Indicate special links with CSS

CSS makes it easy to highlight special links across your entire site. For instance, many of our sites indicate when a link points to a PDF or external website by labeling it with a special icon.

In the bad old days, web developers added “(PDF)” to each and every PDF link in your site by hand. This is doable but tedious, especially if someone else is making changes to the site after you’ve finished building it. This is where CSS generated content comes in handy.

The :after psuedo-class can automatically add a string after every element it matches and style it distinctively:

a[href$=".pdf"]:after {
    content: " (PDF)";
    color: #000;
}

The $= is a special selector expression that matches the end of an attribute; a[href$=".pdf"] (the double-quotes are important, by the way) will only match anchors where the href attribute ends in “.pdf”. You can also add generated content :before a link, which behaves exactly as you’d expect.

Another trick is to indicate external links with a special icon, such as a diagonal arrow. The ^= selector matches attributes that begin with a certain string:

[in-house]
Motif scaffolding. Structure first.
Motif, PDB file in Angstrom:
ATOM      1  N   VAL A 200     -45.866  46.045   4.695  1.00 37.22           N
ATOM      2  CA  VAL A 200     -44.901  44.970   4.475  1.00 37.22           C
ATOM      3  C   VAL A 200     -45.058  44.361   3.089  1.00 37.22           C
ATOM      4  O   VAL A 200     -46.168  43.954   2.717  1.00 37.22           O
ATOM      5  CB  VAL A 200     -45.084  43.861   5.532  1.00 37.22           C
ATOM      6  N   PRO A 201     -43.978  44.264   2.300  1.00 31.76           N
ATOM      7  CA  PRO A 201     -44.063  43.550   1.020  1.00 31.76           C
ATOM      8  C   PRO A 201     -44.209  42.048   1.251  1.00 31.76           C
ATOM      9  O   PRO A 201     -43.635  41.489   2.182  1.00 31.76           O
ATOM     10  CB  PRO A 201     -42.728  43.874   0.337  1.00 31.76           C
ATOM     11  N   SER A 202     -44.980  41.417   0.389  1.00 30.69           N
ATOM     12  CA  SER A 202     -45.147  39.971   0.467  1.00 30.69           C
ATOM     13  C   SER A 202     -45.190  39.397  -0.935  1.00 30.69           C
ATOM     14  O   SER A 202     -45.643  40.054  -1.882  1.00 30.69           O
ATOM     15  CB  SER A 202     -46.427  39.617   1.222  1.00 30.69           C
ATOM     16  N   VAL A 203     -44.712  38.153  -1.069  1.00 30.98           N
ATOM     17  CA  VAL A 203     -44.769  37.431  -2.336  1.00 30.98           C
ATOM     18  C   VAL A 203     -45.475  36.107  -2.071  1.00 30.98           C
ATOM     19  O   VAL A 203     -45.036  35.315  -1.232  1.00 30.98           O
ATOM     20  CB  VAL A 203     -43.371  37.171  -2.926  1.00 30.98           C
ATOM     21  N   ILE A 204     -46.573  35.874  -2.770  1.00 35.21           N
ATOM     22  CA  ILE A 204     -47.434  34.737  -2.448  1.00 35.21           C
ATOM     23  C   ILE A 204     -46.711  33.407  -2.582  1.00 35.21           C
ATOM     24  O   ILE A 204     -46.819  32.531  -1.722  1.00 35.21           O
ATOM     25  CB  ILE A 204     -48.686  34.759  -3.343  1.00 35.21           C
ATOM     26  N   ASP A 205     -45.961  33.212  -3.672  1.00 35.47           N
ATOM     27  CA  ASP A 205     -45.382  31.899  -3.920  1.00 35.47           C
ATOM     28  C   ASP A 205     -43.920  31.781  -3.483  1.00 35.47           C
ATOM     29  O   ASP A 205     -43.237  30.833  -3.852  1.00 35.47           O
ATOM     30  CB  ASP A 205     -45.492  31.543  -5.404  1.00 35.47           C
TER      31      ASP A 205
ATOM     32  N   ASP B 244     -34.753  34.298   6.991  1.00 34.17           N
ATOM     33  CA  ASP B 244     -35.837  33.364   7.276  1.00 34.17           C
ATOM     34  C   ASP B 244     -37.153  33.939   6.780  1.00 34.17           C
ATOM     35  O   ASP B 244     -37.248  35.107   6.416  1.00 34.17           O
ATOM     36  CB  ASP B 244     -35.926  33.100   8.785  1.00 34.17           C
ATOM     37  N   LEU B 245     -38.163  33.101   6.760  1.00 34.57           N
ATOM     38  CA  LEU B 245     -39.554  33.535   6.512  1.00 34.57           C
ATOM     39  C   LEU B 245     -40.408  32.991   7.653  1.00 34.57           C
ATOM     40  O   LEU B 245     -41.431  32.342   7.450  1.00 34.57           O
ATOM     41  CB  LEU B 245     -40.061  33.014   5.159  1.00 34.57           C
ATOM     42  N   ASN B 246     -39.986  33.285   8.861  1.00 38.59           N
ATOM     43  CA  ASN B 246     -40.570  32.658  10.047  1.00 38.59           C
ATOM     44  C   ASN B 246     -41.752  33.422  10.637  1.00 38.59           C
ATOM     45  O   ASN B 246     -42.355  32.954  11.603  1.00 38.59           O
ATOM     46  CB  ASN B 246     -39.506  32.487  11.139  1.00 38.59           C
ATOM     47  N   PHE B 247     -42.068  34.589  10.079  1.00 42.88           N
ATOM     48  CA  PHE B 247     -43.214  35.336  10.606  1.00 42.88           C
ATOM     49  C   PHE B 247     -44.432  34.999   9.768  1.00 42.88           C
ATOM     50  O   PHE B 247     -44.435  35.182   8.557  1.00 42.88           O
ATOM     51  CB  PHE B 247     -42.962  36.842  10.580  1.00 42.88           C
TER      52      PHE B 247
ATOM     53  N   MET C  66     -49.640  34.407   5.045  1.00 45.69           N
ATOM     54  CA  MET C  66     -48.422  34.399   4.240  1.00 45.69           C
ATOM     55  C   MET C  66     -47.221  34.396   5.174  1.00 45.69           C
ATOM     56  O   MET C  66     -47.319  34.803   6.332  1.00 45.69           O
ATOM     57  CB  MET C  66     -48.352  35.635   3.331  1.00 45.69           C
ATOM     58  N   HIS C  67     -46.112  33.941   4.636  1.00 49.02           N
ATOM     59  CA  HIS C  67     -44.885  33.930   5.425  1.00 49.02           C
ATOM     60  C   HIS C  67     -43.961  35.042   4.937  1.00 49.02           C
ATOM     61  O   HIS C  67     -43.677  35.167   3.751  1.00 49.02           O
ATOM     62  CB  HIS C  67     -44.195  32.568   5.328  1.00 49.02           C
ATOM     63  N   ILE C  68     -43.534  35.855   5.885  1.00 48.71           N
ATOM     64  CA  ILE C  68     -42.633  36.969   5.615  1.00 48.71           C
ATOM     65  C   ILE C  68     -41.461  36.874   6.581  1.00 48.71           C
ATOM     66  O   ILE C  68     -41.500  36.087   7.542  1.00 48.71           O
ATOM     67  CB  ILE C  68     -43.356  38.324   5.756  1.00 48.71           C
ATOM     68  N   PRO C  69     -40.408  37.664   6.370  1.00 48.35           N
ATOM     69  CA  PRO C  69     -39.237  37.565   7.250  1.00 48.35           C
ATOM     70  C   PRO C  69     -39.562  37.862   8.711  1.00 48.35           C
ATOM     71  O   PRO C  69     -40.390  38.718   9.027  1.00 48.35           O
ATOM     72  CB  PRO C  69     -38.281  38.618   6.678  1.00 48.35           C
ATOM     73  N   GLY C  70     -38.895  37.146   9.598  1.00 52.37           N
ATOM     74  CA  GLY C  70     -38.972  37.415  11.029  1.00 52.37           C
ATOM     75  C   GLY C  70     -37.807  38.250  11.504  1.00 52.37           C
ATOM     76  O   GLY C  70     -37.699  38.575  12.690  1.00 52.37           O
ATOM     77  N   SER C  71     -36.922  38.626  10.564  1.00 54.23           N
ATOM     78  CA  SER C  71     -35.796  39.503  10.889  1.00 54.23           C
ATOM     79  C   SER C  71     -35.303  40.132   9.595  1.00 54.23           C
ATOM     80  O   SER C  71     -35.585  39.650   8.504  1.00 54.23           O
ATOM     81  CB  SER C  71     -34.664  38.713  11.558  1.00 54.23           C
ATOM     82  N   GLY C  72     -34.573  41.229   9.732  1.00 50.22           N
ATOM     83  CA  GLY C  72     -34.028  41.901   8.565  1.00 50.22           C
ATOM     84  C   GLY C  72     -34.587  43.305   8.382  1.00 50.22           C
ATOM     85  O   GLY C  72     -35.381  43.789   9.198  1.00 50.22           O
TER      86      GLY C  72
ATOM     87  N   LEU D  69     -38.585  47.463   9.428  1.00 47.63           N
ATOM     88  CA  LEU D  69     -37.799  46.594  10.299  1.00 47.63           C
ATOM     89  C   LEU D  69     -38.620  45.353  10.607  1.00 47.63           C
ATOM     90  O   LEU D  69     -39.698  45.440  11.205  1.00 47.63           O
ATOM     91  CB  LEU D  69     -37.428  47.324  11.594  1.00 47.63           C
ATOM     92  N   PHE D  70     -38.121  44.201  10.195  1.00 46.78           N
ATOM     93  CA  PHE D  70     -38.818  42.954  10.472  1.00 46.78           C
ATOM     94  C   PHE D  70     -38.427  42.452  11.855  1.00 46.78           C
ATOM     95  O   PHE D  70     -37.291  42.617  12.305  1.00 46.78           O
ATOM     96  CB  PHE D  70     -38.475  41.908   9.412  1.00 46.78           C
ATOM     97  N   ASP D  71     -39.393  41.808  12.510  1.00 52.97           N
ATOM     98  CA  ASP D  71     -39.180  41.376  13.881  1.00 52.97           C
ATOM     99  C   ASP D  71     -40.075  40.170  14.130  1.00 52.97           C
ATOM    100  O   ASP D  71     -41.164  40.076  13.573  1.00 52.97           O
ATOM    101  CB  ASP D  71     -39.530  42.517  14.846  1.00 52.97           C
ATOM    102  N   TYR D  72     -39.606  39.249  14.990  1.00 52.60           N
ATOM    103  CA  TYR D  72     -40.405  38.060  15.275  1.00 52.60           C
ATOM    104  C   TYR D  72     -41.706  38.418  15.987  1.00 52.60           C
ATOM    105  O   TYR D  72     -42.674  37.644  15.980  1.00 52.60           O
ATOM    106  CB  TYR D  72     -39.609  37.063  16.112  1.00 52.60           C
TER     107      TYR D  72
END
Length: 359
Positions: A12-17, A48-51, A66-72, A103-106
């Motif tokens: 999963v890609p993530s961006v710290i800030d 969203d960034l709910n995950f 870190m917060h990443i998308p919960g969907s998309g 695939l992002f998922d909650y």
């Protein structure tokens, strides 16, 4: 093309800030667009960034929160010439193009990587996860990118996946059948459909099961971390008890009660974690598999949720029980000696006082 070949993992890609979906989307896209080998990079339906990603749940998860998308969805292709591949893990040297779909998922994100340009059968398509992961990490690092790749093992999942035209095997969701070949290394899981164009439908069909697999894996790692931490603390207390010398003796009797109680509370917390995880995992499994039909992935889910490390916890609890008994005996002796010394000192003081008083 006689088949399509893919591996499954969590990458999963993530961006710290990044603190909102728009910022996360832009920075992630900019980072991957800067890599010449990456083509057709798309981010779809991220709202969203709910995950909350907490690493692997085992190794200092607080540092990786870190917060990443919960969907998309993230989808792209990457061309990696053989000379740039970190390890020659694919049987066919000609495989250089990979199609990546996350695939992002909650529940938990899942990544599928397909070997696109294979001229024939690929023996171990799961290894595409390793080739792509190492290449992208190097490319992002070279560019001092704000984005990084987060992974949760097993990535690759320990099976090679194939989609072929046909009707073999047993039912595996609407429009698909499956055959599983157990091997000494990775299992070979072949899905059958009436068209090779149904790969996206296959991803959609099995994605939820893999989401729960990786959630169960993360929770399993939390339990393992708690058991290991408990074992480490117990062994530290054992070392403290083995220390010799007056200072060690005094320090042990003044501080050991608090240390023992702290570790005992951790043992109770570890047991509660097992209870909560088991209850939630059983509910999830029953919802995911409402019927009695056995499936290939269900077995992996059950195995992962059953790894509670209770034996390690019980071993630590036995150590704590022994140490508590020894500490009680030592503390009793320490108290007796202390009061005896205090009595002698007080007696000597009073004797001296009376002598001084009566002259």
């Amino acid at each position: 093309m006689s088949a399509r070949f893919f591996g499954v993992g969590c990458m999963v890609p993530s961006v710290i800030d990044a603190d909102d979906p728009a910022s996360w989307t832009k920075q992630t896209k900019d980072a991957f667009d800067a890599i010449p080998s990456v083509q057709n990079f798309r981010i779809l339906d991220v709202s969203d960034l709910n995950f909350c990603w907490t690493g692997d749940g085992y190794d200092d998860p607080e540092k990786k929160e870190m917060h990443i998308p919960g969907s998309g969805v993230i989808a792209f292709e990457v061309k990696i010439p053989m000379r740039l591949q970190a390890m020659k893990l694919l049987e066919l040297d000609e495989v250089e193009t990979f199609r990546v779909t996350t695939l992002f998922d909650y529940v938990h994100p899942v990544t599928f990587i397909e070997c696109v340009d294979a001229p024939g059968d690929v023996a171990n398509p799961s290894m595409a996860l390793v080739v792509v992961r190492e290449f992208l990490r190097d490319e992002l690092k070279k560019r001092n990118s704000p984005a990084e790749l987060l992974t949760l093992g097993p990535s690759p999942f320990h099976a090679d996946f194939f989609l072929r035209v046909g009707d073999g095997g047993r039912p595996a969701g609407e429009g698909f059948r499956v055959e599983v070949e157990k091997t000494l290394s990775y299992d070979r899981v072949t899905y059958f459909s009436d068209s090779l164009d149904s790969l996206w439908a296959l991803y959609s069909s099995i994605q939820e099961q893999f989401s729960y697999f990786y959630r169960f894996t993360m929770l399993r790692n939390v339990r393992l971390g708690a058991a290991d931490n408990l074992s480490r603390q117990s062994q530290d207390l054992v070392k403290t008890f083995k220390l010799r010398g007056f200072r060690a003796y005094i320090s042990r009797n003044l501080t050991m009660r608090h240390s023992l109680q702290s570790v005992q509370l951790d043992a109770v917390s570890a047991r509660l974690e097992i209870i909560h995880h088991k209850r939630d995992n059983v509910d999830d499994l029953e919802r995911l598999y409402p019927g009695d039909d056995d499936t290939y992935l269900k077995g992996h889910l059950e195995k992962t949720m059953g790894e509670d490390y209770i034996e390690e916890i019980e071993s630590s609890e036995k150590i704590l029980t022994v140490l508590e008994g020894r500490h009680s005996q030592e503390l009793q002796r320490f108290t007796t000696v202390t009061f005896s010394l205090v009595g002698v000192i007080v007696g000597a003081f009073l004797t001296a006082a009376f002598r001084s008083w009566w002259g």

a[href^="http://"]:after, a[href^="https://"]:after {
    content: "�0a02197";
}

This time, the generated content is two Unicode characters: a non-breaking space and a northeast-pointing arrow. There are plenty of places to look up Unicode characters (and what browsers support them); I usually end up at FileFormat.info after a Google search. Note that we’re applying the same content to http: and https: links; you might feel like treating those differently for your own reasons.

If you aren’t happy with the common Unicode characters, or you want to use one that isn’t widely supported, you’ll have to use a graphical icon. Fortunately, CSS can help us out here, too:

a[href^="mailto:"] {
    content: url(/images/icons/email.gif);
}

In this case, email.gif should be a tiny graphic about the same size as your typical font, say 12 to 16 pixels square. Keep it to as few colors as possible, make the background transparent and optimize it, and you can probably get it under 200 bytes of data.

Modern browsers support generated content using :before and :after pretty widely. IE7 is probably the most common browser which does not. If you’re worried about such browsers, Modernizr can detect whether generated content is supported in a particular browser using feature detection.Use it, and then you can create alternate CSS styles for those older browsers (special colors, italics, background images or colors, or whatever you like best).

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